We speculated yesterday that it seemed
AWB’s tactic for damage control was travelling the well-worn path of giving a
few Indians up for slaughter while protecting the chiefs. We were so unkind as
to suggest AWB’s barrister, James Judd, tipped his hand when complaining to the
commission about Bob Bowker (current Australian ambassador to Egypt,
former head of DFAT’s Middle East section) ringing AWB’s middle-level government lobbyist to enquire
about kickback allegations.
“Had he asked someone else, he may well
have gotten a different answer. It might be expected that if the matters had
been addressed properly, then the conduct which has become the subject of
this inquiry might have been nipped in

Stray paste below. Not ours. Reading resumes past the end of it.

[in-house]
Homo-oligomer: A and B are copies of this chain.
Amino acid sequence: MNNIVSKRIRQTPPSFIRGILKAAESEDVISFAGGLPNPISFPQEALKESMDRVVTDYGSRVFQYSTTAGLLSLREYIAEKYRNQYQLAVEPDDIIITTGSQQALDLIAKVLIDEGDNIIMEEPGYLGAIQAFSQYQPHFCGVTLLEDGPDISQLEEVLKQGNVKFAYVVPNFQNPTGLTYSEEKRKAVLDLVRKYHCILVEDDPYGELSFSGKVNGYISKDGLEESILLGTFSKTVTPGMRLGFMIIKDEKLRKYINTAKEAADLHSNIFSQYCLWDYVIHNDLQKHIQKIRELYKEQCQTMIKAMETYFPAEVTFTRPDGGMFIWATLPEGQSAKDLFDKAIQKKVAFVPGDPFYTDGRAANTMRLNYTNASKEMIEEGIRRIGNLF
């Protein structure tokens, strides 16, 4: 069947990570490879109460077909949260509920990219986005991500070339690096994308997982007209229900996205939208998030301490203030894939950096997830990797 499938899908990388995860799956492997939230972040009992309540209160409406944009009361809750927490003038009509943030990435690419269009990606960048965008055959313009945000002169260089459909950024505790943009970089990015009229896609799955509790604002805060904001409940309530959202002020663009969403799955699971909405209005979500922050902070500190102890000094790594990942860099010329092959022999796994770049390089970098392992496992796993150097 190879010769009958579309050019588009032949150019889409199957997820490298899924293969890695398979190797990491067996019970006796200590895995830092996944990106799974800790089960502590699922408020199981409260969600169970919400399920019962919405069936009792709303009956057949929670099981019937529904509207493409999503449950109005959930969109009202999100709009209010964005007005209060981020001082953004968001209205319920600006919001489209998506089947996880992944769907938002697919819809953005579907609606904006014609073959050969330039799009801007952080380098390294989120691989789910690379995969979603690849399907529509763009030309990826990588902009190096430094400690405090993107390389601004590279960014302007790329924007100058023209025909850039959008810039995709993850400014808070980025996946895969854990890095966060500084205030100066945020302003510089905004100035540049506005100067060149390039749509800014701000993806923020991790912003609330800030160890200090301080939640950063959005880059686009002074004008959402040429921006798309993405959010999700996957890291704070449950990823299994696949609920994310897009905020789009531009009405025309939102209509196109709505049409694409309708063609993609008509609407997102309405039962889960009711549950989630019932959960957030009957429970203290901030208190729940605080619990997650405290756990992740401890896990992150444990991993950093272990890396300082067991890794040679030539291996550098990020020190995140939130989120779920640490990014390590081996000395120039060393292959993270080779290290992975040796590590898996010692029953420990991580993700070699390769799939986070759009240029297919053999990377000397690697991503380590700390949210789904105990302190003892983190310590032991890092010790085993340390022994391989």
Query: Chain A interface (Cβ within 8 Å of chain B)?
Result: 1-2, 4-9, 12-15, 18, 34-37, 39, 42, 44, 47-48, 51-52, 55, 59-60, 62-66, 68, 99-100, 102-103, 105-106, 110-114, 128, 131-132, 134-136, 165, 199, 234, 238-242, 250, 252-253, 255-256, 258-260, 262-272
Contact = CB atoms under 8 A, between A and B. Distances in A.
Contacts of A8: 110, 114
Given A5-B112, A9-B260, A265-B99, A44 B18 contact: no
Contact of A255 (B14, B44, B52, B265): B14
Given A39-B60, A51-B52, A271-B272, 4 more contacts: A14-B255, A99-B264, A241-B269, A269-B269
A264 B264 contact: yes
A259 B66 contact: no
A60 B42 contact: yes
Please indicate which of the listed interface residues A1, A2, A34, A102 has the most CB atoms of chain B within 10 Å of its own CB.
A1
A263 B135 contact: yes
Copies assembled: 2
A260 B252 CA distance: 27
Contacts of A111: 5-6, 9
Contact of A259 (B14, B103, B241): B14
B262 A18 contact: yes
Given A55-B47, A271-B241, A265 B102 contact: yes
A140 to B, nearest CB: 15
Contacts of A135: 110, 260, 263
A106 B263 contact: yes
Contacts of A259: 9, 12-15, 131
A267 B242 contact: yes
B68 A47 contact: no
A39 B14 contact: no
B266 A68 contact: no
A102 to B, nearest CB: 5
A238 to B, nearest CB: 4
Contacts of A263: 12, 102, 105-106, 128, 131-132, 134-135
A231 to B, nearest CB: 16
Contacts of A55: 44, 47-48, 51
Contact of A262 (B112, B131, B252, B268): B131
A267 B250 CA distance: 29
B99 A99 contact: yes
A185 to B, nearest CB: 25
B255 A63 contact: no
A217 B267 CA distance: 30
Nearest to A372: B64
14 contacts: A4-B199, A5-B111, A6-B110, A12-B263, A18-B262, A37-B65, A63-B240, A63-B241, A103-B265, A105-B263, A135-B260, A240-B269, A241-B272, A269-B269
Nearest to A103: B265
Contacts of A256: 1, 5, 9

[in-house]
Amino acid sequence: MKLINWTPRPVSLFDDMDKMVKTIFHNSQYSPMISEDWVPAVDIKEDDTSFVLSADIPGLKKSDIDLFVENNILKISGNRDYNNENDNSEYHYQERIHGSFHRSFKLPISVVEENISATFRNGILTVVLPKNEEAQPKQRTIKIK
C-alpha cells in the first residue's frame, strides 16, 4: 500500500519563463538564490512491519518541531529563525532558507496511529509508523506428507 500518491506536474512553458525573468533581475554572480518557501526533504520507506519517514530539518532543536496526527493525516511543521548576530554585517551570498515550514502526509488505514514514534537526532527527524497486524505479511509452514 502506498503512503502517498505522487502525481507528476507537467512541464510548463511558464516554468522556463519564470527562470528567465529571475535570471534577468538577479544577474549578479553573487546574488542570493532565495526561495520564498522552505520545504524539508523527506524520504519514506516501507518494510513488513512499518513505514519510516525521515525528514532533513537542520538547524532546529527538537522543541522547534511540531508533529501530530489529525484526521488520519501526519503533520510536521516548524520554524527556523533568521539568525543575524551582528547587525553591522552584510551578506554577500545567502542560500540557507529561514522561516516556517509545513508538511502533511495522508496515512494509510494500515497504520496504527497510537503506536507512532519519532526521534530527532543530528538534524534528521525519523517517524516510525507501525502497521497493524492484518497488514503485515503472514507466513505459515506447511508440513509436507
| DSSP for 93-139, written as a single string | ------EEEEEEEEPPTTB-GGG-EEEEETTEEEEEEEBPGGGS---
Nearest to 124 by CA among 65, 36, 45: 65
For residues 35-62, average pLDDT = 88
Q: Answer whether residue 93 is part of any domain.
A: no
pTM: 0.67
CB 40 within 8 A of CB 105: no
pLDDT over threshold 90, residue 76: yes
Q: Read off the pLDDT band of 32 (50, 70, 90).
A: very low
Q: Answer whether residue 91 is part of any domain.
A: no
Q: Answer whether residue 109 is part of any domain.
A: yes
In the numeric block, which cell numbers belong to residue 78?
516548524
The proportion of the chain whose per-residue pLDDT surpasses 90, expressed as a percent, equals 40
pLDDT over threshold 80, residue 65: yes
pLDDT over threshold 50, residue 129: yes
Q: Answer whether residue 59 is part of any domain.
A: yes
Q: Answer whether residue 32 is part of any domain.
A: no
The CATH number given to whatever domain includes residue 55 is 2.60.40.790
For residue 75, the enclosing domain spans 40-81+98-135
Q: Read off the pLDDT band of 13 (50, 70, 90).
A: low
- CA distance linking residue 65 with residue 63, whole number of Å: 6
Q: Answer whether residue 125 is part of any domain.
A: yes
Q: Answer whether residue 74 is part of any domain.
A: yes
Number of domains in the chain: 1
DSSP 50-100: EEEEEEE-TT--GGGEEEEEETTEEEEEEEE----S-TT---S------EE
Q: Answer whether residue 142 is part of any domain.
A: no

the bud,” protested Judd QC.
But probably not. What’s missing from the
reports is that Bowker did talk to
someone more senior at AWB in January, 2000, someone who might well have known
exactly what was going on – Nigel Officer, the head of AWB’s global sales and
After Bowker asked AWB government relations
officer Andrew McConville about the UN-sourced kickback allegations, McConville
checked with Officer, the man who should know. Nigel assured McConville it was
all ship shape and undertook to speak to Bowker, which he subsequently did.
Bowker was apparently satisfied with Officer’s explanation.
So while there’s plenty of room for the
Cole inquiry and the rest of us to wonder about DFAT’s performance and why it
allegedly went limp on AWB supervision post 1996, it looks like Judd QC was
prepared to sacrifice the wrong Indian on Tuesday.
The AWB chiefs remain on the field and
they’re not dealing with General Custer.